• Understanding the user goals and needs
  • Uncovering pain points with the existing user journey
  • Determining the success of the tasks measured

Understanding user journey

To understand the user journey better, I created a blueprint diagram. This helped me understand how the current system works as a whole. While working on new features, or improving existing ones, it helped me guide through identifying scenarios during the design.

Empathizing with users

Through the research we were able to conclude some of the key user pain points that were mentioned - 


Not designed for everyone - Litmus was initially designed for engineers as the primary users. Now it’s not as user-friendly for other users, making it difficult for PMs, analysts & other stakeholders to utilize it to its fullest potential. It has become a tool for developers, which makes it inaccessible for other users at the same time.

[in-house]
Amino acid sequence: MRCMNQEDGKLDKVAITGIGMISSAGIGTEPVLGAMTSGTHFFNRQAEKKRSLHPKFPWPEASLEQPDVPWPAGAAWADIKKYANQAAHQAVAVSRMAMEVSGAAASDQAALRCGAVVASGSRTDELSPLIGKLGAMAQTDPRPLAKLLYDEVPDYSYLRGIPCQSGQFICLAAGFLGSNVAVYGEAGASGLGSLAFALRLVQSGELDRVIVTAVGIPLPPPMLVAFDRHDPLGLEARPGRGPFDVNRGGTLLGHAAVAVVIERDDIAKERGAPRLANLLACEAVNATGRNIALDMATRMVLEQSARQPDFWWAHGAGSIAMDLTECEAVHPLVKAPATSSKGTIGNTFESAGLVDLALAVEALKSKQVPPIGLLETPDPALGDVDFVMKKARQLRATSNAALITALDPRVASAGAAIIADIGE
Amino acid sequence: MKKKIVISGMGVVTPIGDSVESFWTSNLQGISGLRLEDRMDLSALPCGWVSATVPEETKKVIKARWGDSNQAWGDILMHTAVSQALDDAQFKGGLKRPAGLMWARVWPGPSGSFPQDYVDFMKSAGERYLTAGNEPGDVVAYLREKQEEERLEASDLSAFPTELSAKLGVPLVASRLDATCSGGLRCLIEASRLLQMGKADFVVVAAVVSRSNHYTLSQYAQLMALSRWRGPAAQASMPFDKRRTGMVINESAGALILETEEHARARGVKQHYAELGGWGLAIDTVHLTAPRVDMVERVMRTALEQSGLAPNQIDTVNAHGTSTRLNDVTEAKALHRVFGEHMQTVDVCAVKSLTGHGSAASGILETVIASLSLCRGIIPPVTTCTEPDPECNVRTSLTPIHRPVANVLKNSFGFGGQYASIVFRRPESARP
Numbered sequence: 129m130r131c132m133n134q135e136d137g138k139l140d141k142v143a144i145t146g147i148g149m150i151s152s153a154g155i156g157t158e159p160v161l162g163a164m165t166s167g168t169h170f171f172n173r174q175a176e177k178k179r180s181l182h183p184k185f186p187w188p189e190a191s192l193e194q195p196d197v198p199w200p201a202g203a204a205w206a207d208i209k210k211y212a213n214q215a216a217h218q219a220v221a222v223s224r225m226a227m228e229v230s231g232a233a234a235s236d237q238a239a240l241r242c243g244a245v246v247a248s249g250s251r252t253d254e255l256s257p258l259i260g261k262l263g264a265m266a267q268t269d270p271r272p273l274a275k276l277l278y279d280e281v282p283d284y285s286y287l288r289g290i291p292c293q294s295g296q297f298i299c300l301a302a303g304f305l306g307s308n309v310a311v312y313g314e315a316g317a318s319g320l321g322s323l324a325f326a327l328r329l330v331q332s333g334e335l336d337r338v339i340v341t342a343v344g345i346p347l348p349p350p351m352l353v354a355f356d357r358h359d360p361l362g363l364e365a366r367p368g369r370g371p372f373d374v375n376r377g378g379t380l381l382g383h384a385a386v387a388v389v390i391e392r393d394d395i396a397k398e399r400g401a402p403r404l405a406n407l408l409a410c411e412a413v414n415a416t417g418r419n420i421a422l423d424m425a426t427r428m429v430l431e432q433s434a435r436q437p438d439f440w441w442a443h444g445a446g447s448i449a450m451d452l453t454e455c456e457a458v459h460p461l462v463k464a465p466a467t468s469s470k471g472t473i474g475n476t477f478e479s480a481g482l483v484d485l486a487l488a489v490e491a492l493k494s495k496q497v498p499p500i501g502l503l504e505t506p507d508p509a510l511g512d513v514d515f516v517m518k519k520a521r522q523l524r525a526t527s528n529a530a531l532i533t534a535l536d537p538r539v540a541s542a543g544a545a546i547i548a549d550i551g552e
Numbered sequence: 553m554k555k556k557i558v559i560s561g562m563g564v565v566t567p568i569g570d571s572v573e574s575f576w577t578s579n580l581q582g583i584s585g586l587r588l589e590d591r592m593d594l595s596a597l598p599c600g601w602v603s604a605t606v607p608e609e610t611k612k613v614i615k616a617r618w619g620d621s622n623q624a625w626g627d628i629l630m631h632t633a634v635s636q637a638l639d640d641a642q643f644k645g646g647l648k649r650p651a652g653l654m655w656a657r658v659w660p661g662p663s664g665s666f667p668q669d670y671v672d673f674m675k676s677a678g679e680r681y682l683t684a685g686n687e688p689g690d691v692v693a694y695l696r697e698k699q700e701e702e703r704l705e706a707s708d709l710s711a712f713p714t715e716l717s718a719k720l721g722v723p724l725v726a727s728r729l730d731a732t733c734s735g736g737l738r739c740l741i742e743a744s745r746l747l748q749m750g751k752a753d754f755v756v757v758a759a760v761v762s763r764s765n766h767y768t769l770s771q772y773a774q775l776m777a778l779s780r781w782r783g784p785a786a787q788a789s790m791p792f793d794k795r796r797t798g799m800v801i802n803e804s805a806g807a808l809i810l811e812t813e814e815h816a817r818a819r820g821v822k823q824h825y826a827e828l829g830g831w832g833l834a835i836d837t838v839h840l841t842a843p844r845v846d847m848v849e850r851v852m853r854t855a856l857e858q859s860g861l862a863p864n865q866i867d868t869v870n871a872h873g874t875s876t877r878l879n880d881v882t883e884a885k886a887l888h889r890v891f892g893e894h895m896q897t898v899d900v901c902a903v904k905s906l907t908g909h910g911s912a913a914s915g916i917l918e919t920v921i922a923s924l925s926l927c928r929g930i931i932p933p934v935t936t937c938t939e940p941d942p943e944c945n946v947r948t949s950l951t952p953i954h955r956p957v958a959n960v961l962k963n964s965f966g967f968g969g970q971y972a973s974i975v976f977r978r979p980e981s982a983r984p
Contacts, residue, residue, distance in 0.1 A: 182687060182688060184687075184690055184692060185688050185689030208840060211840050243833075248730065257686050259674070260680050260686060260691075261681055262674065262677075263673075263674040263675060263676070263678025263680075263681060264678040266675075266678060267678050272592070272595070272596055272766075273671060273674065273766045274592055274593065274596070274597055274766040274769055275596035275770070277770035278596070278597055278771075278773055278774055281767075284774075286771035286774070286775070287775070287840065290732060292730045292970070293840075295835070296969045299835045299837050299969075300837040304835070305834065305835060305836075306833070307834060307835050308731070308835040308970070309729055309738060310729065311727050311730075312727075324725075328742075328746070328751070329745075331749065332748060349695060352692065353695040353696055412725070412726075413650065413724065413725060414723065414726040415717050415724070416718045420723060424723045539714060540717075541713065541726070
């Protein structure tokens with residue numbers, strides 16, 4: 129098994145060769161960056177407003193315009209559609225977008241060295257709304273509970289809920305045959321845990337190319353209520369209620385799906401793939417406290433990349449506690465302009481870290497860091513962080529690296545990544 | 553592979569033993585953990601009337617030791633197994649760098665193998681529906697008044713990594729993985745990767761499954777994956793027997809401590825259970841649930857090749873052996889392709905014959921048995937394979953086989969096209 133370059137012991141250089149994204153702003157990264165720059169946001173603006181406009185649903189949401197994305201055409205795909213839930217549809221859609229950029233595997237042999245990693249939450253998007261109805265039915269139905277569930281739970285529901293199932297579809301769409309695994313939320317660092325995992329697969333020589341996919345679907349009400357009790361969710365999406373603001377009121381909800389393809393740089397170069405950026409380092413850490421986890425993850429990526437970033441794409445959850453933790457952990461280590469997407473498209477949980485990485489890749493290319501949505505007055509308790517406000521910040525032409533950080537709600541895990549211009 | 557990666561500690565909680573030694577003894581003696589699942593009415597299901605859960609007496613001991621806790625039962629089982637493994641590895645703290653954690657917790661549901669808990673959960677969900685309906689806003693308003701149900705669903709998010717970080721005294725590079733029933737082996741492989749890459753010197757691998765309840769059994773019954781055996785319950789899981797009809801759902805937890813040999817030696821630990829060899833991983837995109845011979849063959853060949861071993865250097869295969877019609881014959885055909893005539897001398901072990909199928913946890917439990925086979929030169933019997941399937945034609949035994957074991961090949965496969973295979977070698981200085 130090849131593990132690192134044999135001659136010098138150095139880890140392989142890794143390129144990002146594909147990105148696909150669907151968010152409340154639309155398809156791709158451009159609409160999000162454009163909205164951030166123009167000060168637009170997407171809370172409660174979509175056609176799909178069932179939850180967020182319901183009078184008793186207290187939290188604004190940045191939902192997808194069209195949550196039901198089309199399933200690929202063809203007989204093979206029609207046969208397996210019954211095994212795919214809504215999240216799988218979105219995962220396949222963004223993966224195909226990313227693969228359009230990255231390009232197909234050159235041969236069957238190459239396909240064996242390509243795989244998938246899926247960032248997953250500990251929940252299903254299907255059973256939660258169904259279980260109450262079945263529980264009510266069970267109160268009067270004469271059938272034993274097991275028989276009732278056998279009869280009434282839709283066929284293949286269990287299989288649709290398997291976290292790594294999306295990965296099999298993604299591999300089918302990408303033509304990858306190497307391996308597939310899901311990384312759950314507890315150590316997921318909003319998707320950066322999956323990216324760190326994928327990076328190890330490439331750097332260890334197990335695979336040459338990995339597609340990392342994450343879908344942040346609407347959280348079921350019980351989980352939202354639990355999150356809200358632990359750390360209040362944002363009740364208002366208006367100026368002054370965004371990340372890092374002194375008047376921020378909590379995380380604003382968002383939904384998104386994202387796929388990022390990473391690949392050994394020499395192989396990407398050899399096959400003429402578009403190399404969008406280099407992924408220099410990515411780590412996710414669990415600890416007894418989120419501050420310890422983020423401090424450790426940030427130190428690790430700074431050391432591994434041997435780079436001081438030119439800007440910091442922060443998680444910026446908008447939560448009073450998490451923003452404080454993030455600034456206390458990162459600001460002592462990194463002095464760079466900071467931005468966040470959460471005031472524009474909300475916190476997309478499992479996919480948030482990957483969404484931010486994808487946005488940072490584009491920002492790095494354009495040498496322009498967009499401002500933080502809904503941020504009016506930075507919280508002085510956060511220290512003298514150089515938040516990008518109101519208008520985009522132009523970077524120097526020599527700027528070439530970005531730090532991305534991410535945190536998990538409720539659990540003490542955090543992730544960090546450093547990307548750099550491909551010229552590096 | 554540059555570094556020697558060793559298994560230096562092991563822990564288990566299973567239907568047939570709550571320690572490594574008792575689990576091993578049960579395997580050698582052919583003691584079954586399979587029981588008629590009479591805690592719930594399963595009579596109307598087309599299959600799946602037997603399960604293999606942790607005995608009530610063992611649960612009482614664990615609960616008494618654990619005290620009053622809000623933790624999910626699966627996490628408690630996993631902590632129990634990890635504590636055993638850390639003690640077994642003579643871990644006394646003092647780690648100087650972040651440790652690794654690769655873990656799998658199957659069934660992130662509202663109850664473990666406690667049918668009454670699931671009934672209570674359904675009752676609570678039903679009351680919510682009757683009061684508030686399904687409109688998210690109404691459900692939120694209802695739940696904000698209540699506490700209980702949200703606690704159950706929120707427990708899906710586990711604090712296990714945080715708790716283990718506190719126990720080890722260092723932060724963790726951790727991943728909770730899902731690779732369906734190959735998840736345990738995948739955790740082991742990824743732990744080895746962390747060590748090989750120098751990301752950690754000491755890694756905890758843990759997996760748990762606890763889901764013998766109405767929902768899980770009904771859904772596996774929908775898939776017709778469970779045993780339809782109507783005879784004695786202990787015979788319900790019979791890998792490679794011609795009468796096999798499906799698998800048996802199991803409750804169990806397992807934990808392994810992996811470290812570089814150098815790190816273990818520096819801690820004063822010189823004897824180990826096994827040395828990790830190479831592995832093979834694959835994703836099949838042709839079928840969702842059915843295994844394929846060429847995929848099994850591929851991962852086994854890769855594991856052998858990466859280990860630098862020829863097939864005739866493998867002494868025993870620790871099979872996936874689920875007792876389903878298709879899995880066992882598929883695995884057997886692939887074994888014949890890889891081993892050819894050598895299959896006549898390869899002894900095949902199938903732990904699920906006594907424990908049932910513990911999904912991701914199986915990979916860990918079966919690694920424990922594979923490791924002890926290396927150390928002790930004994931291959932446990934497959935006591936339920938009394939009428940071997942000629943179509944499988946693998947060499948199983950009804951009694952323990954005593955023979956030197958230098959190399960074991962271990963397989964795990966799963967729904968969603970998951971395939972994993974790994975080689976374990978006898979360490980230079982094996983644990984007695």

Dependency on data analysts - Considering it was primarily designed for devs, there were lots of tasks that require PMs and data analysts to know when to finish or modify an experiment - like the need for sample size and experiment reach. This creates a lot of dependency on other stakeholders who have their own workarounds for certain tasks.


Users blocked on service requests - Users have to ask the service desk every time they need to access previous changes made in the experiments. This added a lot of friction amongst the teams. It was difficult to track when the experiment was rolled out and modified by who, etc. and there is no easy way to check this. 

Key takeaways from research & workshop